In Conversation with Ruby Gaines

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[Written by Deri Ronan, Music Columnist (she/her)]

Cardamom – Ruby Gaines

Music has always been a cathartic outlet for Glasgow-based singer and songwriter, Ruby Gaines. Her debut single, Cardamom, released on Friday the 25th of September, showcases this through its emblematic lyrics. This month, I was lucky enough to interview Ruby about the single, her music and her ambitions as an artist; the full interview will precede this review. 

Cardamom was written and recorded in Galashiels, in January 2020. The single is a distinct take on RnB and soul by a white, Scottish lass’, which holds its momentum through dynamic vocals and a driving percussion. It’s an eclectic track that broadly emulates Ruby’s Glasgow roots and the city’s music scene, one that Ruby herself described to be multicultural and ultimately driven by great patter

Lyrically, the single skilfully draws on the ability of our senses to act as a mechanism to bring us back to past experiences and tie us to the present. The lyrics feel nostalgic, yet they equally draw on a desire to remain and cherish present, ephemeral moments. It’s an encouraging message, prompting the listener to embrace experiences, knowing that they will soon become enamoured memories. 

Although lockdown has put life on pause for many, Ruby has endeavoured not to let it afflict her creativity. She hopes to ‘keep grafting’, to release more music through the Iceblink Luck Label (the next of which is scheduled for release on the 06/11/20), and to film live performances, both solo and with a band. Like all of us, she’s still evolving her music and creative habits in whichever way she can, despite the constant unpredictability of our world. 

Full Interview

I’d like to start by asking you about yourself as an artist. When did you decide to pursue a career in music? Has writing always been a hobby of yours? What does music mean to you? 

Hello! I knew I wanted to be a singer since I was about 13, and it took years and years to start getting good at it. Music has always been the goal, as tricky and fruitless as it is. It’s just always been a big part of my life and a good thing to lean on. 

Upon listening, I felt that Cardamom explores the idea of craving memories, past feelings of elation and nostalgia. I am interested to hear if this is what it means to you? 

You could say that, yes. I would say it’s more about desire and longing to stay in that exact moment as everything is fleeting. Your senses are a very powerful thing, they can bring you back to a time and tie you into the present.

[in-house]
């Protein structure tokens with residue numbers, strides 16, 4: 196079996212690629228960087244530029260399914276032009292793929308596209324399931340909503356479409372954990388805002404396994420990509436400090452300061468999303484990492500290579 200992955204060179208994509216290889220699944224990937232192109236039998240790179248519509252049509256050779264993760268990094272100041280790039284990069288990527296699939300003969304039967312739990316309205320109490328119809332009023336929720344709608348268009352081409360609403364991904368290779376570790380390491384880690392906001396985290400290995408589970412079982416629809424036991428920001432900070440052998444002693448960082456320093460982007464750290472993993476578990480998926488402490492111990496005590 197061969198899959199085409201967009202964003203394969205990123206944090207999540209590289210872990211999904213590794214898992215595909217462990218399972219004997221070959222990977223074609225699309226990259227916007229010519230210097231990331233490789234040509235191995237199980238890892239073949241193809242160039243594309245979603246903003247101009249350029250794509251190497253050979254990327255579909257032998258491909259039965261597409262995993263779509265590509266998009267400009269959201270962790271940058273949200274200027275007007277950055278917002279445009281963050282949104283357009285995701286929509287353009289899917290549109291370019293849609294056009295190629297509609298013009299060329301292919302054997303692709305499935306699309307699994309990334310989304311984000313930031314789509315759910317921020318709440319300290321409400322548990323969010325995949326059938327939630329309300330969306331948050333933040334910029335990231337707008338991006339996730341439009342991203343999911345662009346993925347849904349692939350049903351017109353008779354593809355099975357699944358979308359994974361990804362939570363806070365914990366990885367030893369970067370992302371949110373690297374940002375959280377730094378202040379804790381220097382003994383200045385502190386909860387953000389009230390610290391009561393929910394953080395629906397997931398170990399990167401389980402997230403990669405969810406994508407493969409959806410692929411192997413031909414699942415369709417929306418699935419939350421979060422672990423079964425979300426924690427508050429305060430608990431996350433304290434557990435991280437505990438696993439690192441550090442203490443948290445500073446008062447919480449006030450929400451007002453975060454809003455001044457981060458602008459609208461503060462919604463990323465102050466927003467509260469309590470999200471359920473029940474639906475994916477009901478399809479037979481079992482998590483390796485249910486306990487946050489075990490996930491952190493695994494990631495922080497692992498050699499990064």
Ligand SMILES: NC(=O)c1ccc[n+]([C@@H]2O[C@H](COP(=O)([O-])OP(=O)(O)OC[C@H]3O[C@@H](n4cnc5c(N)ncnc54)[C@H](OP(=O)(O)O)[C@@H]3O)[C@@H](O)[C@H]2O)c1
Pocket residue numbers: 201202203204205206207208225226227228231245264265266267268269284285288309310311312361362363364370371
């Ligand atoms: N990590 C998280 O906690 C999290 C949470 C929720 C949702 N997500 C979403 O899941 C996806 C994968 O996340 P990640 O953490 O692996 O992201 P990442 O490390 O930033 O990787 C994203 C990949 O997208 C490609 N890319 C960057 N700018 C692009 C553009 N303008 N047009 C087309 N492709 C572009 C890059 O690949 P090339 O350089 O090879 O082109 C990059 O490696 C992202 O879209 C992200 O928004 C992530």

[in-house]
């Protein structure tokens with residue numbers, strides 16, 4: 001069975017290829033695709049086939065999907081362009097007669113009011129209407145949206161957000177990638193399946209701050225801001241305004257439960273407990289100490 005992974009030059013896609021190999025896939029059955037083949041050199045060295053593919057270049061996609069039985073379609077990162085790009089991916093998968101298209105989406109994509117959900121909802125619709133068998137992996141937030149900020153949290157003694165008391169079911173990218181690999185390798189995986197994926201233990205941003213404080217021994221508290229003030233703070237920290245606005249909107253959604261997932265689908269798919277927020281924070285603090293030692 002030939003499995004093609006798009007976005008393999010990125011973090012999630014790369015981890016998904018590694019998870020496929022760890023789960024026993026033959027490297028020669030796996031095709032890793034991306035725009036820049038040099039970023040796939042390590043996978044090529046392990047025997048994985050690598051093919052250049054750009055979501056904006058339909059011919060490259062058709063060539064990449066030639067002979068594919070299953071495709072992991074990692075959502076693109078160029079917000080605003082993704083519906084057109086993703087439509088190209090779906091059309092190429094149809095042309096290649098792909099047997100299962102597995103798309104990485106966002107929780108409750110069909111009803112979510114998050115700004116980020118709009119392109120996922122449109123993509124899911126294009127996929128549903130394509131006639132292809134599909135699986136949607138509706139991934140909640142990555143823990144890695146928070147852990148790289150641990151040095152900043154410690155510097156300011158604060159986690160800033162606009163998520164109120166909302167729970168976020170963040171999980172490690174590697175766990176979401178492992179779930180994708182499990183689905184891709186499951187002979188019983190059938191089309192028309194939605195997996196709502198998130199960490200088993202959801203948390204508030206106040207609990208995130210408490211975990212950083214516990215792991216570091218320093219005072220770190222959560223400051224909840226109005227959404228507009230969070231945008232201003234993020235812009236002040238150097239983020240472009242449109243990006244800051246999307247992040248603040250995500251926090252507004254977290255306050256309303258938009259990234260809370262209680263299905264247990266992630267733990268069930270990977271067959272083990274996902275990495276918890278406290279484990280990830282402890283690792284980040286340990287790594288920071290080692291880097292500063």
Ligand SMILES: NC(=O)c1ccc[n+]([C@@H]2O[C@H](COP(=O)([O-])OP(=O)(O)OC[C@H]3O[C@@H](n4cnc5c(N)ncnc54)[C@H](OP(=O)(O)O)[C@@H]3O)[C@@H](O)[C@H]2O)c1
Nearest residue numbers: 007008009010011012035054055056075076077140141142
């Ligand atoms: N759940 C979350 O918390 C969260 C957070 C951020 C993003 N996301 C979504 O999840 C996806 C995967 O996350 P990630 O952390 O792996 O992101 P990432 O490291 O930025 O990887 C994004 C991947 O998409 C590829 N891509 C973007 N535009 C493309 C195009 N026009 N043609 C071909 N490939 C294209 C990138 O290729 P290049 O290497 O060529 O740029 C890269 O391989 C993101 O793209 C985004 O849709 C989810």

What kind of music has influenced you in the past and this single? 

Cardamom draws a lot of influence from soul and RnB, but by a white, Scottish lass. 

I’d be really interested to learn more about what the creative process has been like for you over the pandemic/lockdown? Both in relation to Cardamom, but also your work and creativity generally?

I’ve been dipping in and out of creativity in lockdown. I imagine that’s the same for a lot of people. It’s hard to feel motivated when you’re experiencing less than usual. I have still been writing a lot down, it’s good to get it out even if it’s terrible. Thankfully, Cardamom was written before the world ended. 

I’m excited to hear that you have another single scheduled for release on the 6th of November. Apart from this, what else can we expect from Ruby Gaines? 

Hopefully, I’m just going to keep grafting, to release more music with Iceblink Luck and work to film some live performances, solo and with a band. The world is so different right now, so we’re adapting and moving as best we can. 

Finally, over at GUM we are proud champions of the Scottish music scene’s quality. Has growing up in Scotland influenced your sound in any way? Also, if you have any local up and coming artists you’d like to recommend to our readers, we’d love to hear!

Everything is a product of its environment. Growing up in Glasgow and around the people in it, has had a lot to do with my sound. We’re multicultural and have great patter. The number of genres you can hear within one street of Scotland is beautiful. I’m thankful to have grown up and been influenced by the music and the people in this place. My favourite Scottish artists just now, to name a few, would be Kitti, Russell Stewart and Hamish Hawk – they all deserve the world.


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